Using her voice, body and movement she holds dichotomies and tells us two stories with the lighting supporting this play with light and dark and the murky in-between. Tanuvasa dances between the two monologues which let the words sink in, creating a necessary vā and relational space, between the perspectives. The most powerful image for me was when she was unraveling the hibiscus flower. She calls out queer labels like fa’atama, and fa’afafine, which felt like a powerful ritual. At first, I thought the audience was calling out with a kiususu, but it was Tanuvasa herself, conjuring.
Language has always been important for me, words hold power and when I was first trying to figure out my queerness I thought if I could find a word in Sāmoan it might make sense. Through this search fa’atama came up and even though it doesn't fully resonate with how I view myself hearing someone say it, on stage, was really empowering.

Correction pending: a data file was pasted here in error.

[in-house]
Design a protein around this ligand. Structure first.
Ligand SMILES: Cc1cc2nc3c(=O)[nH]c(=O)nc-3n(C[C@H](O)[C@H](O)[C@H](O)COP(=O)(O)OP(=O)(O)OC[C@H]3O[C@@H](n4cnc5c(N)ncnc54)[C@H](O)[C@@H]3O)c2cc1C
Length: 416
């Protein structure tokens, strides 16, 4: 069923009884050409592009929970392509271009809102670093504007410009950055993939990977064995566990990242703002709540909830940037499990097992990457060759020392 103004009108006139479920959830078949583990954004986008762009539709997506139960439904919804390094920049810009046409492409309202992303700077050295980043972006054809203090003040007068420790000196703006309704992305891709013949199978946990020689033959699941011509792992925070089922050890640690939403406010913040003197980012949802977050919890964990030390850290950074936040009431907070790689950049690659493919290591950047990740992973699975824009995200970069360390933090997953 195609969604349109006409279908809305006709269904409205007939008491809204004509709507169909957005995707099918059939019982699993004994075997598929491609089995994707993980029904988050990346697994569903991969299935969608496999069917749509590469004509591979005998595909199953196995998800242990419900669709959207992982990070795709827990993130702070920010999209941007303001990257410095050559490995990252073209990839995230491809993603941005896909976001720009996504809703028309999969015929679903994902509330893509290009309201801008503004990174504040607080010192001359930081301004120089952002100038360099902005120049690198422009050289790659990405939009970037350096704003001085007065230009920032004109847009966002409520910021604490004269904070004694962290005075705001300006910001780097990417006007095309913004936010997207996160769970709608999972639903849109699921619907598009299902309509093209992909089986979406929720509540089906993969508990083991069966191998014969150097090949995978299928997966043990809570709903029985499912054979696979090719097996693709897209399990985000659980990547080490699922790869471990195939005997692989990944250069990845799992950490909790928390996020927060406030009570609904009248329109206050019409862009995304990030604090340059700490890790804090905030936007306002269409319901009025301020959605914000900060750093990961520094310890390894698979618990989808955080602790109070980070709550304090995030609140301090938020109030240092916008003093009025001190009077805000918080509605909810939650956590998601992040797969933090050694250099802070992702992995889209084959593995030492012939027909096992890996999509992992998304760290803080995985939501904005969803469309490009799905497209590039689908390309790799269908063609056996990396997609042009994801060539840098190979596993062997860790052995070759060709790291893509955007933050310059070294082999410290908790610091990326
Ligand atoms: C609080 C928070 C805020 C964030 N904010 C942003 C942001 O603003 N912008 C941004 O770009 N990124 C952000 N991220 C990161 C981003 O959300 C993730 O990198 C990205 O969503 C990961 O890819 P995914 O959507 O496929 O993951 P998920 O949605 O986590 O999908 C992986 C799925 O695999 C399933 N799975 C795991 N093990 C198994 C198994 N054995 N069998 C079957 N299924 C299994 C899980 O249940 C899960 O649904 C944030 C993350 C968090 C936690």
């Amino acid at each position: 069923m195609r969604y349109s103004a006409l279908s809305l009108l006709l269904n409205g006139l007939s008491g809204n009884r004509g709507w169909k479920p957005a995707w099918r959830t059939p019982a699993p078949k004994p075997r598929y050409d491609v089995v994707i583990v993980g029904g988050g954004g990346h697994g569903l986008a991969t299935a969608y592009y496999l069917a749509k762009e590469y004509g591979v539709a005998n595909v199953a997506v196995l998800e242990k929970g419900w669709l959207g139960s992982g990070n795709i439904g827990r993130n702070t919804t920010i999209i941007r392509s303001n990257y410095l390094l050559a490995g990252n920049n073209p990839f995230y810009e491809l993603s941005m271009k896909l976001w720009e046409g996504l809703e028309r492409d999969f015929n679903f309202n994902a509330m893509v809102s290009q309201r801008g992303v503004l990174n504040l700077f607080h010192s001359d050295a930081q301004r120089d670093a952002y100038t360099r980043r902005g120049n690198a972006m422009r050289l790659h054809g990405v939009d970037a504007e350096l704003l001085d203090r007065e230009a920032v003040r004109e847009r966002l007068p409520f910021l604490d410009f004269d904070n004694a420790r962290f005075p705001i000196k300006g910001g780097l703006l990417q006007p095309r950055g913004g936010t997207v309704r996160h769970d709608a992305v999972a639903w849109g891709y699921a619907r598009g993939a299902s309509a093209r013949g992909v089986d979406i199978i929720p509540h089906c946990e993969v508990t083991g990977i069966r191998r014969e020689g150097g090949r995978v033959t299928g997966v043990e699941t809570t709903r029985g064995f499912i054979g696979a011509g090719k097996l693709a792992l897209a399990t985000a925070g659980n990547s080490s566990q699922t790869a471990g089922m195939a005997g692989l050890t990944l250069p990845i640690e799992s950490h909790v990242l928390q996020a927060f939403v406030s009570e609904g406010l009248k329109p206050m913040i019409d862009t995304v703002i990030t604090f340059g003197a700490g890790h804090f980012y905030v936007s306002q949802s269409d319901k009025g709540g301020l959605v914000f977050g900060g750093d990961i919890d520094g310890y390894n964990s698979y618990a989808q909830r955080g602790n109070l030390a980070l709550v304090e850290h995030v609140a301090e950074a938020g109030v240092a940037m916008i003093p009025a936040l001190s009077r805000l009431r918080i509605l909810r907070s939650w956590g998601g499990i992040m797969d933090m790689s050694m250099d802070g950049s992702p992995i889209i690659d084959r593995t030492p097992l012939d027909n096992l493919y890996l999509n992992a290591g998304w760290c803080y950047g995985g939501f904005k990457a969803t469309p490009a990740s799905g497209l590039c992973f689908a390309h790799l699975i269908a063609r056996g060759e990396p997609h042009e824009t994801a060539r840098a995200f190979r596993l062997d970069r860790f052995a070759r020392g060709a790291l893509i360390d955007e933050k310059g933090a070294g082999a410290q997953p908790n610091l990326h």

Fala Muncher is three stories and we move into the second act, The Fearfall with the set design supporting a clever interlude. A video projects onto one of the screens featuring the cast discussing what kind of queer are you. This is the YouTube content my queer heart needed when I was younger. Even my current self. More of this please.
Then we meet Billie, (Muller) using the screens as a bed, a wall showing us that push/pull of sex, what you like and then having to answer to your dad (and not your daddy). She hilariously uses the set to reveal that she works at Rainbow’s End. She’s a crowd pleasing, endearing performer with her deftly jumping between characters with ease.
I loved Billie, her enthusiasm, and her encouraging the audience ‘to come out, fuck what others say.’ We meet Leilani, a closeted lover of Billie’s. As someone who is only out to certain parts of my family I resonated with Billie and Leilani. I have been both of them.
I first explored my queerness when I lived overseas so it was fascinating for me to watch queerness and dating in an Aotearoa context and even going to a ‘look out’ with someone, things I never experienced.